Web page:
There was a farmer who grew excellent quality corn. Every year he won the award for the best grown corn. He was a leader in his own right.
One year a newspaper reporter interviewed him and learned something interesting about how he grew it. What the reporter discovered was that the farmer shared his seed corn with his neighbors.
“How can you afford to share your best seed corn with your neighbors when they are entering corn in competition with yours each year?” the reporter asked.
“Why sir,” said the farmer, “Didn’t you know? The wind picks up pollen from the ripening corn and swirls it from field to field. If my neighbors grow inferior corn, cross-pollination will steadily degrade the quality of my corn. If I am to grow good corn, I must help my neighbors grow good corn.”
Here are three lessons we can draw from this farmer.
1. Power of the collective
No general ever won a war alone. Even the most qualified surgeon needs an anesthesiologist, theater technicians and hospital staff for their patients. In other words, outstanding and excellence rest on the power of the collective.
A vision is critical. To outlive that vision, a team is a must have. For you to grow, help others. It will astound you how far you can go walk with others by your side.
2. Principle of success
Perhaps, success in leadership is one of the most misconstrued concepts. In a culture obsessed with metrics, it has become about who has the most followers… or likes… or…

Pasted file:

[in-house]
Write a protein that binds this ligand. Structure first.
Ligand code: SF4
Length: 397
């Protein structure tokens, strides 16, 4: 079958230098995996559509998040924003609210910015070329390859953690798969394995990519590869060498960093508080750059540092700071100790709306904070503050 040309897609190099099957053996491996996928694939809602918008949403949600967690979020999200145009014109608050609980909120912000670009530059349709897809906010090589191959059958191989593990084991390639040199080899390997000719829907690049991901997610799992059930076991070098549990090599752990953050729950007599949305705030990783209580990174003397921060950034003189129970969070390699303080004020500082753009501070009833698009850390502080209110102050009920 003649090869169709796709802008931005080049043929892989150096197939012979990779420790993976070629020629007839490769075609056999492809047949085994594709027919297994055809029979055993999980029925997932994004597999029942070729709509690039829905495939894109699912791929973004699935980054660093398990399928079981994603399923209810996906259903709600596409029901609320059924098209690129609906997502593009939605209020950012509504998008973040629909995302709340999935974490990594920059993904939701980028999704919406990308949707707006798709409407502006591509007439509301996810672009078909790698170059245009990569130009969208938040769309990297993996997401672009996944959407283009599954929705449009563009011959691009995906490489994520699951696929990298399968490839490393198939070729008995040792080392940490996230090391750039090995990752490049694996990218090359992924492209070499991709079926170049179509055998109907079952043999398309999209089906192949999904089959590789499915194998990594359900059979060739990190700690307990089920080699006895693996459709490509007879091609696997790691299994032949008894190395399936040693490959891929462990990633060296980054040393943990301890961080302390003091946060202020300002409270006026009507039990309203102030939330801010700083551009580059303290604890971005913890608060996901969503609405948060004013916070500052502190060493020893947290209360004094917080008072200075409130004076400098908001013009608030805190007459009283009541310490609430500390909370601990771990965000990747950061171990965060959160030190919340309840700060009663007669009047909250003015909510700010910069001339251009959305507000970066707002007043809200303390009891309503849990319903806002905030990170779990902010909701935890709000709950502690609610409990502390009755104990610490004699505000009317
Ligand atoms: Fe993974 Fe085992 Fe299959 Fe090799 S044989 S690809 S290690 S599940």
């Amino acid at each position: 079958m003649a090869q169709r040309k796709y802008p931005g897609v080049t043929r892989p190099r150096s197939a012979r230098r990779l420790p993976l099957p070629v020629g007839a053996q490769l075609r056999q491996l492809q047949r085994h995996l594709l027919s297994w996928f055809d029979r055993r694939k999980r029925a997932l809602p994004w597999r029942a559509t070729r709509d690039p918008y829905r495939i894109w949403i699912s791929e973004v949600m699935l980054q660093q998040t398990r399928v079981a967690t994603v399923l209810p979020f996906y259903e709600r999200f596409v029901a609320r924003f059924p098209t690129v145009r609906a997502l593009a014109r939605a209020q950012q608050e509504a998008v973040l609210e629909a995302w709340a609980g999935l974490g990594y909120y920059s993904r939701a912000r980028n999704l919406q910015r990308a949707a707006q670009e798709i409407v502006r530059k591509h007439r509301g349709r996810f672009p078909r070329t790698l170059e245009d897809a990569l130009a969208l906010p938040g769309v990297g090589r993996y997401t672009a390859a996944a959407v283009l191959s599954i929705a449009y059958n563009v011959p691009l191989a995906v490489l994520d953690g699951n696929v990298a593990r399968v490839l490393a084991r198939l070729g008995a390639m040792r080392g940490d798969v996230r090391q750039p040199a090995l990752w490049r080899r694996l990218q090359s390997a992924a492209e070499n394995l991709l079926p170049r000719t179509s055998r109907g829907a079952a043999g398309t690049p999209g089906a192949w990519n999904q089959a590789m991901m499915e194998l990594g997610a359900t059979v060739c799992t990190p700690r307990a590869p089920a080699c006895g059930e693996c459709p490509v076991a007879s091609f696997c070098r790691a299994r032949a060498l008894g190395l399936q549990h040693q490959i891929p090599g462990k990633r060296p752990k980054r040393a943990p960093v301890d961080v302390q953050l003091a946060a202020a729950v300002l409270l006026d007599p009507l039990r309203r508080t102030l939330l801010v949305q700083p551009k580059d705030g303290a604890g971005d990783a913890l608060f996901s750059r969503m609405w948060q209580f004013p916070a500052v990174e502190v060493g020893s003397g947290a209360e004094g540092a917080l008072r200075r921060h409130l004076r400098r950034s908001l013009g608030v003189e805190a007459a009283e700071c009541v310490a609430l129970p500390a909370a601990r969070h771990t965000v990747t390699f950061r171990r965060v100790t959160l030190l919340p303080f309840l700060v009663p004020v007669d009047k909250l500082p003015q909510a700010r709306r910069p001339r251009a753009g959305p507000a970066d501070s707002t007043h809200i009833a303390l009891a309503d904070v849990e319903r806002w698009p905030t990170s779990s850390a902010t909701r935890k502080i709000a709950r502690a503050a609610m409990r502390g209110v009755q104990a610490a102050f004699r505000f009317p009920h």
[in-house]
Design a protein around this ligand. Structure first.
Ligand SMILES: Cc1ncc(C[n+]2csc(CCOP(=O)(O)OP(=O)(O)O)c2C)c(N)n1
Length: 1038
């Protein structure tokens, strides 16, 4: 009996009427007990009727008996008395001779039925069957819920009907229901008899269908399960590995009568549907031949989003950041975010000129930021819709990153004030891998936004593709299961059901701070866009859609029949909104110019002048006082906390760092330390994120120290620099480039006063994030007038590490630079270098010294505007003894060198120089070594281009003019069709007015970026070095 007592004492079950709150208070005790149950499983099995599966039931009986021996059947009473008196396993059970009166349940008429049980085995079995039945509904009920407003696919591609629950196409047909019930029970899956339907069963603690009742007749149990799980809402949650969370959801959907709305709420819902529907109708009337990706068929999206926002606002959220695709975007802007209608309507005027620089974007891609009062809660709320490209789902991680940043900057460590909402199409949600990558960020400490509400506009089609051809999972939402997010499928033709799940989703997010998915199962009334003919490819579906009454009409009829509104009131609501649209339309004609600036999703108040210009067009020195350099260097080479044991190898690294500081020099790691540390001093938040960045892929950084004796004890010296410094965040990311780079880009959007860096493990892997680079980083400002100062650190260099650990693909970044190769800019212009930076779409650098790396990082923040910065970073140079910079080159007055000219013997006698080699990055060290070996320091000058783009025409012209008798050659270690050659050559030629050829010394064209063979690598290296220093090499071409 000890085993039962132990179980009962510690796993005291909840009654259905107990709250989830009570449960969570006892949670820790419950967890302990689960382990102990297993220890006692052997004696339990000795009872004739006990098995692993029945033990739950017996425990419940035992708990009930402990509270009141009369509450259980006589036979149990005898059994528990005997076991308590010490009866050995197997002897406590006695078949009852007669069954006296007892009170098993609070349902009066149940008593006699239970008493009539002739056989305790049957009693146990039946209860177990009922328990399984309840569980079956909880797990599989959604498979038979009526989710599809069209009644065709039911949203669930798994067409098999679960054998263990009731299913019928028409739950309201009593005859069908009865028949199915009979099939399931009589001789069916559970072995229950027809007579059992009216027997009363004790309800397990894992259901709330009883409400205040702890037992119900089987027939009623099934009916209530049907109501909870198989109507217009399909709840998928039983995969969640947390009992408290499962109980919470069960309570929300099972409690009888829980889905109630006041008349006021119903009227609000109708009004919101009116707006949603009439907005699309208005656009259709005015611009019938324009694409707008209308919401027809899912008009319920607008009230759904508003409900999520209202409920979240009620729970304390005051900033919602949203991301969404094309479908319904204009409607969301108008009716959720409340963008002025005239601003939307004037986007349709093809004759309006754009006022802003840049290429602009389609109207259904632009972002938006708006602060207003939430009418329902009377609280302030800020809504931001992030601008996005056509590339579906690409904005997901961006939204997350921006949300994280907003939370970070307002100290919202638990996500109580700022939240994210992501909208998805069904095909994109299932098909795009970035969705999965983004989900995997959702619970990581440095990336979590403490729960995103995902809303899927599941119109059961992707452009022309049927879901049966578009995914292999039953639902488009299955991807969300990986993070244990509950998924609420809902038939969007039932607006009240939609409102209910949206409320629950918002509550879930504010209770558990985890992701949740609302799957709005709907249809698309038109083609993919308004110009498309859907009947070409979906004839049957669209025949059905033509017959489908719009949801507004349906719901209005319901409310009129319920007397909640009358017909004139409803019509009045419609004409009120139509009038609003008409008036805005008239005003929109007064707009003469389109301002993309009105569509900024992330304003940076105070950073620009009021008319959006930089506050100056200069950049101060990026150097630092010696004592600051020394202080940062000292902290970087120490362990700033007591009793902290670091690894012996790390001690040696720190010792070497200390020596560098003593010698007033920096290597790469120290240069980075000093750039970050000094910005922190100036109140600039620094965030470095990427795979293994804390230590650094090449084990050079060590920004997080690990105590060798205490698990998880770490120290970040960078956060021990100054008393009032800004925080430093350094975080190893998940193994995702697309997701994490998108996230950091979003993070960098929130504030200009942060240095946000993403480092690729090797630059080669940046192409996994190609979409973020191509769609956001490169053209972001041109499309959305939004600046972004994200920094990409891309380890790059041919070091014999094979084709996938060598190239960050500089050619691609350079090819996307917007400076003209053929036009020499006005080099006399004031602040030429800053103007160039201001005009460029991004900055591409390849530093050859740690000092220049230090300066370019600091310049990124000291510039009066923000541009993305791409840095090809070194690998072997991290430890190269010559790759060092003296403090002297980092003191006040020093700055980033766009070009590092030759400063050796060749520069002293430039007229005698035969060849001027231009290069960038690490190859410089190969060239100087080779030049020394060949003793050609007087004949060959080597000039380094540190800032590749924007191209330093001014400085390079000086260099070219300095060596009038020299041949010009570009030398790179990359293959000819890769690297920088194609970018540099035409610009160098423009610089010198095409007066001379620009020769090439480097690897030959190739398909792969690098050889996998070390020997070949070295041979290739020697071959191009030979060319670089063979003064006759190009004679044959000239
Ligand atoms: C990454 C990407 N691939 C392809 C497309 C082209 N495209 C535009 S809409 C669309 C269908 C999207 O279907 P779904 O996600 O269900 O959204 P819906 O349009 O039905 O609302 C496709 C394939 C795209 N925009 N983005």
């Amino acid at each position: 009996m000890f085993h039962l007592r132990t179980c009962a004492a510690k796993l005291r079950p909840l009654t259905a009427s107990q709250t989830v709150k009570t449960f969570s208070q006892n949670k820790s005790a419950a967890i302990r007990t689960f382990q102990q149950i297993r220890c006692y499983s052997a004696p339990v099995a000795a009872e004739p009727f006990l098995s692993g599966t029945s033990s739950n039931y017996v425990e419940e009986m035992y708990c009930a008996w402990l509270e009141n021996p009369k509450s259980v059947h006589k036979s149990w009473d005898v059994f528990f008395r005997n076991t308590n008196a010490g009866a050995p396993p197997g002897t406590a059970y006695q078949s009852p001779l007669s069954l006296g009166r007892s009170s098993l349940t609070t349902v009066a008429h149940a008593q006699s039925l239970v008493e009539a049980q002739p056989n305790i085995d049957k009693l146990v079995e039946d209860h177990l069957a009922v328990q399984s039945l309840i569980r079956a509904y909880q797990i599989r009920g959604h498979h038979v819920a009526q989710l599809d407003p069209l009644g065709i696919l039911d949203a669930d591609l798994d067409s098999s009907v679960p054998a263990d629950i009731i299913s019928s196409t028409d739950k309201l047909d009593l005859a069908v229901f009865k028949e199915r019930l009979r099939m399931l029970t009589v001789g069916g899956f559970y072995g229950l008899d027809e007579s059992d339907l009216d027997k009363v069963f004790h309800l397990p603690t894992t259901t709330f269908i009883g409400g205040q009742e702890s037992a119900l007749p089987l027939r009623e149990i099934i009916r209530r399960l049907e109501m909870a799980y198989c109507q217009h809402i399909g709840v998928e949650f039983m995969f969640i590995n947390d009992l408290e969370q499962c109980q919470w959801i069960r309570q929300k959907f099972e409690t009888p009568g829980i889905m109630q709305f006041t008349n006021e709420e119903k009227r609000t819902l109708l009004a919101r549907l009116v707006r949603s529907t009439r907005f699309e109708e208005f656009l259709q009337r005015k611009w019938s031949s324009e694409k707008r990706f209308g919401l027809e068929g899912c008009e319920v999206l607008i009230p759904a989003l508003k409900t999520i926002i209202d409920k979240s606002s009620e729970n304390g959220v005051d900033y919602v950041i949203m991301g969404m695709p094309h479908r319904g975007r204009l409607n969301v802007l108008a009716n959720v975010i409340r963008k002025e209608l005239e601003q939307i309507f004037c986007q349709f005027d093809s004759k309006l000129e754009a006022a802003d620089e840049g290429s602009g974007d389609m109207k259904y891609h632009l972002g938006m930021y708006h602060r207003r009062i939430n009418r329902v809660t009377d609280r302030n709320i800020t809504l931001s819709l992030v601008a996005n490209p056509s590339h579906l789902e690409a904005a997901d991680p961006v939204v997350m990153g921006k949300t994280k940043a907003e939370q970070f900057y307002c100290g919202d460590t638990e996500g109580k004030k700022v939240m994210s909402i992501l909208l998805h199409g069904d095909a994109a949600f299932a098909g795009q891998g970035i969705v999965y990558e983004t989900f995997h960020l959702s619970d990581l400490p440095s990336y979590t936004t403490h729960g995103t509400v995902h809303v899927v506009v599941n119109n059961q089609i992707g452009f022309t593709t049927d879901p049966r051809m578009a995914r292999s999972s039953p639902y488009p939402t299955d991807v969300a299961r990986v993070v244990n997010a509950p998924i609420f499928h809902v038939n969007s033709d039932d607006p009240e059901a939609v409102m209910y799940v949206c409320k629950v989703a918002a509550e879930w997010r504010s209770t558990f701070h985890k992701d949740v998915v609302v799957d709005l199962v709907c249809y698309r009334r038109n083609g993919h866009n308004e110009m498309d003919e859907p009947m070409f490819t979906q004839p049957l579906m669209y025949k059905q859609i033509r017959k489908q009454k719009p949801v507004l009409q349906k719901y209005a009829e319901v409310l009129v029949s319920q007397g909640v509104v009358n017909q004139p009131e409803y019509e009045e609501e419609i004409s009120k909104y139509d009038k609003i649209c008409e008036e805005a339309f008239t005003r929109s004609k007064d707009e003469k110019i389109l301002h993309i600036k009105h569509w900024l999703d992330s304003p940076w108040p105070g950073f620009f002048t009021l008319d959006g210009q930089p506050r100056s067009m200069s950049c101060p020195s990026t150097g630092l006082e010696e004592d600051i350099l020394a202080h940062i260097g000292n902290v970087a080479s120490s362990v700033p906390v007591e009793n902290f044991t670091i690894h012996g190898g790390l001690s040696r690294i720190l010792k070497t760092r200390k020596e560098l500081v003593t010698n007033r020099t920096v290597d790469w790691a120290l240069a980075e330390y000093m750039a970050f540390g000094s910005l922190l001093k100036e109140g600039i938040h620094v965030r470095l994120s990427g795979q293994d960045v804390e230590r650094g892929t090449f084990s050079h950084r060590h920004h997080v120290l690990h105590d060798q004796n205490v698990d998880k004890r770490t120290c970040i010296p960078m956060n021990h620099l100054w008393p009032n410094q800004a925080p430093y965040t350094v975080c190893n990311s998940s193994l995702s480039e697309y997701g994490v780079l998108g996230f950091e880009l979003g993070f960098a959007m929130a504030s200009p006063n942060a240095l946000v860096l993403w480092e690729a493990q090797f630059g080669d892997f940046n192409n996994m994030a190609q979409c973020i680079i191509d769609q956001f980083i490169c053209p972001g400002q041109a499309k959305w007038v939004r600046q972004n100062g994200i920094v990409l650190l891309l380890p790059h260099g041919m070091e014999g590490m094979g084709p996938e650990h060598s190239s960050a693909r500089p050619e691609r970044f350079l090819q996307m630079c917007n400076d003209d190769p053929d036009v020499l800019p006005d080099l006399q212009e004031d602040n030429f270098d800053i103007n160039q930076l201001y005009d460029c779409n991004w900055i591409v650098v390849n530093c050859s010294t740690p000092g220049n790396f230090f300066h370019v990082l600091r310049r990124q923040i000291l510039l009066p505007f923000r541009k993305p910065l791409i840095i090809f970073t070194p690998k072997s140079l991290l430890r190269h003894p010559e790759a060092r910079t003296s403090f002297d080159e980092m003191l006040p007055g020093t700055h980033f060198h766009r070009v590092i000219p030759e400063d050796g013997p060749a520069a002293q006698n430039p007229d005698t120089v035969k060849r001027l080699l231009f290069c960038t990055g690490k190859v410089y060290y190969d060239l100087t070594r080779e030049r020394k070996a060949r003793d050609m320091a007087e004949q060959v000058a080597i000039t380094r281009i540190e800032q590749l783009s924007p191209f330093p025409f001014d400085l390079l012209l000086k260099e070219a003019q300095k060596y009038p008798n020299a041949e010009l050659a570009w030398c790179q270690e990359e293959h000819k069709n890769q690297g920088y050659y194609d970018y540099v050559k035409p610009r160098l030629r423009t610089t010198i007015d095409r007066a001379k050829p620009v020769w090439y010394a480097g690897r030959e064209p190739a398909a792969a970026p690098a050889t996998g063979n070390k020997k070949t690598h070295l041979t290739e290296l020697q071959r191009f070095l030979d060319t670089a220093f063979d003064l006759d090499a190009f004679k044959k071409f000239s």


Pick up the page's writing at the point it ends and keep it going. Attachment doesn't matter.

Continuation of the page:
This farmer reminds us of a very important leadership principle: connection. He did not hold success as something he owned. He shared it with others. If he was to succeed at his passion, he had to support others succeed at theirs too.
It is when leaders grow other leaders that their impact is amplified.
3. Preservation of life
The farmer choosing to share the best seed is because he cared about his legacy. He chose to accept his life reflected in others. In doing so, his community was lifted up. To preserve is to keep alive or in existence.
Real preservation does not come from holding back. It comes from paying forward. We grow our lives by giving some of it away. The value of a life is measured by the lives it touches. One for all, and all for one!
This is what legacy of leaders is made of.
The effective leaders I have met, worked with, and observed behaved in much the same way… They made sure that the person they saw in the mirror in the morning was the kind of person they wanted to be, respect, and believe in. They fortified themselves against the leader’s greatest temptations – to do things that are popular rather than right, and to do petty, mean and sleazy things.” ~ Peter Drucker
Q: How have you included others in your path to growth? Have your say by clicking here.